Swelling Deficits Are Southeast Asia's Next Stability Test

(Bloomberg) -- Southeast Asian governments are staring down swelling budget deficits in the latest test for regional stability.

As higher U.S. interest rates and a stronger dollar roil currencies in the region and oil prices spike, governments from the Philippines to Malaysia are facing rising debt. A less rosy growth picture also means tax revenues may come in below targets, threatening budget goals.

The result is more borrowing at a time when interest rates are rising, putting additional strain on government finances.

Swelling Deficits Are Southeast Asia's Next Stability Test

Many governments were already spending billions of dollars on much-needed rail and road projects before the market turmoil, and some, like Indonesia, are now scaling back those plans to keep deficits in check.

Here are the Southeast Asian nations with the biggest budget dilemmas:


Budget deficit, 2018 target: 2.8% of GDP
Moody’s estimate: 2.7%

Malaysia’s two-month-old government has credit agencies guessing on how much the balance sheets will be turned upside-down. Prime Minister Mahathir Mohamad has already delivered on some campaign promises that strain the government budget, scrapping a 6 percent goods-and-services tax and re-instituting fuel subsidies.

His administration has promised to offset the lost revenue with a new sales tax and cancellation of some big infrastructure projects, but it’s yet unclear how much those initiatives will help even out the ledger.

Mahathir’s focus is on bringing down debt, which Moody’s Investors Service estimates is at 50.8 percent of gross domestic product, higher than other A-rated peers.

As a net energy exporter, higher oil prices are a boon for Malaysia, which will help offset some of the pressure on government revenues.


Budget deficit, 2018 target: 2.19% of GDP 
Moody’s estimate: 2.4% 

To stabilize the currency and curb the current-account gap, the government is scaling back on some of its large-scale infrastructure projects that require imported capital equipment.

One area of increased spending: energy subsidies doled out to consumers to keep a lid on fuel prices. Finance Minister Sri Mulyani Indrawati says the move shouldn’t hurt the deficit because as an oil producer, higher crude prices would provide some cushion. She sees the deficit at 2.12 percent of GDP this year, lower than the 2.19 percent forecast in the annual budget.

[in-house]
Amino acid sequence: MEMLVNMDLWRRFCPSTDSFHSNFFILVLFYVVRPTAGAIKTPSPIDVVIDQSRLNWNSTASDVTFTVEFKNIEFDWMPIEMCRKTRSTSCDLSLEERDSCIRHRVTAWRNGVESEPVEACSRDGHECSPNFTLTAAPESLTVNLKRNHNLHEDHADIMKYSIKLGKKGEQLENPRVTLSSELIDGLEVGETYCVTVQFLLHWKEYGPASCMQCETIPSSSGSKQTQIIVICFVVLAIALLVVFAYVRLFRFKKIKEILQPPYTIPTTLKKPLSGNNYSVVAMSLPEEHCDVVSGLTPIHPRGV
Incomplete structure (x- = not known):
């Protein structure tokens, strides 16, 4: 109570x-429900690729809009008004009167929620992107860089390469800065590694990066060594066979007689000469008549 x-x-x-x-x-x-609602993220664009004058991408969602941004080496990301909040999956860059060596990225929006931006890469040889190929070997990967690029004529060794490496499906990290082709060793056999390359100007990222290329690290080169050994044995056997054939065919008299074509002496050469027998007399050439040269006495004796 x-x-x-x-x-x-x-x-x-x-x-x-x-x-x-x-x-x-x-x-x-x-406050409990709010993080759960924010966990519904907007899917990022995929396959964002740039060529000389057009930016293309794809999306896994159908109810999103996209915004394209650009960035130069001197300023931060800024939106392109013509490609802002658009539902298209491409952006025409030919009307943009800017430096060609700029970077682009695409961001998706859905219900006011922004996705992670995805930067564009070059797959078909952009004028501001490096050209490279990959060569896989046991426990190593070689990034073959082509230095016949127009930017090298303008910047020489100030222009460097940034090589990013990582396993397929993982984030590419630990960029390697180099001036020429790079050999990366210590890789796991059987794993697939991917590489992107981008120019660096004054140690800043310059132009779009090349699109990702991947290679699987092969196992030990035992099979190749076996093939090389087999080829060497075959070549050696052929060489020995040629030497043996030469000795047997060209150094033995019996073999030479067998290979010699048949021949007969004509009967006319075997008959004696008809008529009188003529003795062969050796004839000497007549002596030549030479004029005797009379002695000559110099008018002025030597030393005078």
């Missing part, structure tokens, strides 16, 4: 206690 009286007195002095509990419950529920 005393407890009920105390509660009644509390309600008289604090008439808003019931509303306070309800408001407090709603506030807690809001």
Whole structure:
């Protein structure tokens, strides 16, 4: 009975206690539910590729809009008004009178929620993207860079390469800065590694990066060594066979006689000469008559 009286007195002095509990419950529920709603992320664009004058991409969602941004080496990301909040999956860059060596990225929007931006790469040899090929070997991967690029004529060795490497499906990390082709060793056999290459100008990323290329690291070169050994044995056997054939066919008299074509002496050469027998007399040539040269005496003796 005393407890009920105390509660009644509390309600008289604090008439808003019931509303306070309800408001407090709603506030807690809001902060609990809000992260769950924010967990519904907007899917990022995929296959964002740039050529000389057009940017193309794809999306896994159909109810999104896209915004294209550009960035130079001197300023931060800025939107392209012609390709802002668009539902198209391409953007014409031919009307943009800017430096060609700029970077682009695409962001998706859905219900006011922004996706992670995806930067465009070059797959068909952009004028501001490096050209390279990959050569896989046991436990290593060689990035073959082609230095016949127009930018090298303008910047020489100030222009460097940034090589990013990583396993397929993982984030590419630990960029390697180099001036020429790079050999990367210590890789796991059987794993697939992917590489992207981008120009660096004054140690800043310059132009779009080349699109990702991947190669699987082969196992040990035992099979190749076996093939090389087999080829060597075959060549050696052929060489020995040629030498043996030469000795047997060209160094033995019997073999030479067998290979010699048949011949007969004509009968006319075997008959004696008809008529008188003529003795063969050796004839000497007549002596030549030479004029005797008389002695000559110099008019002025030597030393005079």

Budget deficit, 2018 target: 3% of GDP
Moody’s estimate: 3%

President Rodrigo Duterte’s “Build, Build, Build” program is producing too many bills, bills, bills, by some analysts’ estimates.

While the ambitious infrastructure plan is much-needed to upgrade airports, roads and railways, it’s also hurt the current account and put pressure on the budget. The proposed borrowing plan for next year is 19 percent higher than this year’s program.

The government has raised its budget deficit target for next year to 3.2 percent of GDP from an estimated 3 percent this year in order to accommodate the infrastructure push. The deficit worries were a factor in failed government bond sales over the past month, while also weighing on the peso. The currency is among the worst performers in Asia, down 6.6 percent against the dollar this year.

Swelling Deficits Are Southeast Asia's Next Stability Test

Adding to the budget pain, there’s uncertainty about the government’s move to a federal system and how that will affect revenue allocations. The IMF said in a statement on Wednesday that authorities should maintain a fiscal deficit of about 2.4 percent of GDP for this year and next.


Budget deficit, 2018 target: 3.7% of GDP
Moody’s estimate: 5%

Southeast Asia’s growth star has to guard against some new risks. Vietnam scored a sovereign ratings upgrade from Fitch Ratings in May because of a build-up of foreign reserves and stronger growth, but the fiscal outlook is a worry.

Fitch estimates a budget deficit of about 4.6 percent of GDP in 2018, which is higher than the 3.2 percent median for BB-rated nations, and compares with the government’s own target of 3.7 percent. Vietnam needs to focus on stability and structural reforms rather than rapid growth in order to preserve its BB rating, according to Fitch.

©2018 Bloomberg L.P.